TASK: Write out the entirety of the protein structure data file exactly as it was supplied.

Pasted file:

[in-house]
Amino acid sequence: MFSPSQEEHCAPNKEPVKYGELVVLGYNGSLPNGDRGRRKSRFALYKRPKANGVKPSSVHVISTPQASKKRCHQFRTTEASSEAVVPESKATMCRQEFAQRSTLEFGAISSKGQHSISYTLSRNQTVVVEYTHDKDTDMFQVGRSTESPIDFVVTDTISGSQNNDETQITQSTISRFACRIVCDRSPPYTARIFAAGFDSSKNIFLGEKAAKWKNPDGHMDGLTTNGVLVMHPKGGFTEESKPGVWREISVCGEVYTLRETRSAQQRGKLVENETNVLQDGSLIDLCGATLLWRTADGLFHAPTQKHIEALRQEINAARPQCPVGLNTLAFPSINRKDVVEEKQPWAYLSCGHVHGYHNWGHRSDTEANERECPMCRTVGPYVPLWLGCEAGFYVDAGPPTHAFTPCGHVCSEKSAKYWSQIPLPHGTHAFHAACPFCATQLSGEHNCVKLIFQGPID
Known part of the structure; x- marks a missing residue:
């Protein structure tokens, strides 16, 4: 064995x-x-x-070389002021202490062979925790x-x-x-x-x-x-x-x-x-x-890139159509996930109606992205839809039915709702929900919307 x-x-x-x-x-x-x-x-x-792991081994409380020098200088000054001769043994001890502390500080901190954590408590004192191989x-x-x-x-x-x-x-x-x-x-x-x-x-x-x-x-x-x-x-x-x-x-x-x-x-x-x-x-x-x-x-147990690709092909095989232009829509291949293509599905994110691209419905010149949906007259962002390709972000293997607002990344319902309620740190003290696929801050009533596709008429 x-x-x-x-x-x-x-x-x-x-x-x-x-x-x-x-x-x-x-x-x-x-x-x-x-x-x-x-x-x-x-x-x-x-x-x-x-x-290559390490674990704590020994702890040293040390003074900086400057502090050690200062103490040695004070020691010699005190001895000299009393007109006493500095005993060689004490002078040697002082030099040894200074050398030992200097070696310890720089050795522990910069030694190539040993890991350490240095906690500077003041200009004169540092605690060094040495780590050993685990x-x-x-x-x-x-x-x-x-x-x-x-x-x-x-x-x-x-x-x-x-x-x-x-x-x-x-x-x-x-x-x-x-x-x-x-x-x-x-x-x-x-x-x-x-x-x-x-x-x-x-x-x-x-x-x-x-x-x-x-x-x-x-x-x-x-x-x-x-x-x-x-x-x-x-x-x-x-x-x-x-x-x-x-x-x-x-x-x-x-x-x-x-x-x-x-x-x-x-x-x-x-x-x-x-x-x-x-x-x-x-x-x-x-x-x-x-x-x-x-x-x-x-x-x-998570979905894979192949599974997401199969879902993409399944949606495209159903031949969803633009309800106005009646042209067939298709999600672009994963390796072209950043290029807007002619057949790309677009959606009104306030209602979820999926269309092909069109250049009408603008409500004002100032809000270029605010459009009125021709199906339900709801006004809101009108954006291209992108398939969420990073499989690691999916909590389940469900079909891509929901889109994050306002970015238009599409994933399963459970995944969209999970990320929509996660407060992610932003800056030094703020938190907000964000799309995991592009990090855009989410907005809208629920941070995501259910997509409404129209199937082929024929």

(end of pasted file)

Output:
[in-house]
Amino acid sequence: MFSPSQEEHCAPNKEPVKYGELVVLGYNGSLPNGDRGRRKSRFALYKRPKANGVKPSSVHVISTPQASKKRCHQFRTTEASSEAVVPESKATMCRQEFAQRSTLEFGAISSKGQHSISYTLSRNQTVVVEYTHDKDTDMFQVGRSTESPIDFVVTDTISGSQNNDETQITQSTISRFACRIVCDRSPPYTARIFAAGFDSSKNIFLGEKAAKWKNPDGHMDGLTTNGVLVMHPKGGFTEESKPGVWREISVCGEVYTLRETRSAQQRGKLVENETNVLQDGSLIDLCGATLLWRTADGLFHAPTQKHIEALRQEINAARPQCPVGLNTLAFPSINRKDVVEEKQPWAYLSCGHVHGYHNWGHRSDTEANERECPMCRTVGPYVPLWLGCEAGFYVDAGPPTHAFTPCGHVCSEKSAKYWSQIPLPHGTHAFHAACPFCATQLSGEHNCVKLIFQGPID
Known part of the structure; x- marks a missing residue:
């Protein structure tokens, strides 16, 4: 064995x-x-x-070389002021202490062979925790x-x-x-x-x-x-x-x-x-x-890139159509996930109606992205839809039915709702929900919307 x-x-x-x-x-x-x-x-x-792991081994409380020098200088000054001769043994001890502390500080901190954590408590004192191989x-x-x-x-x-x-x-x-x-x-x-x-x-x-x-x-x-x-x-x-x-x-x-x-x-x-x-x-x-x-x-147990690709092909095989232009829509291949293509599905994110691209419905010149949906007259962002390709972000293997607002990344319902309620740190003290696929801050009533596709008429 x-x-x-x-x-x-x-x-x-x-x-x-x-x-x-x-x-x-x-x-x-x-x-x-x-x-x-x-x-x-x-x-x-x-x-x-x-x-290559390490674990704590020994702890040293040390003074900086400057502090050690200062103490040695004070020691010699005190001895000299009393007109006493500095005993060689004490002078040697002082030099040894200074050398030992200097070696310890720089050795522990910069030694190539040993890991350490240095906690500077003041200009004169540092605690060094040495780590050993685990x-x-x-x-x-x-x-x-x-x-x-x-x-x-x-x-x-x-x-x-x-x-x-x-x-x-x-x-x-x-x-x-x-x-x-x-x-x-x-x-x-x-x-x-x-x-x-x-x-x-x-x-x-x-x-x-x-x-x-x-x-x-x-x-x-x-x-x-x-x-x-x-x-x-x-x-x-x-x-x-x-x-x-x-x-x-x-x-x-x-x-x-x-x-x-x-x-x-x-x-x-x-x-x-x-x-x-x-x-x-x-x-x-x-x-x-x-x-x-x-x-x-x-x-x-998570979905894979192949599974997401199969879902993409399944949606495209159903031949969803633009309800106005009646042209067939298709999600672009994963390796072209950043290029807007002619057949790309677009959606009104306030209602979820999926269309092909069109250049009408603008409500004002100032809000270029605010459009009125021709199906339900709801006004809101009108954006291209992108398939969420990073499989690691999916909590389940469900079909891509929901889109994050306002970015238009599409994933399963459970995944969209999970990320929509996660407060992610932003800056030094703020938190907000964000799309995991592009990090855009989410907005809208629920941070995501259910997509409404129209199937082929024929």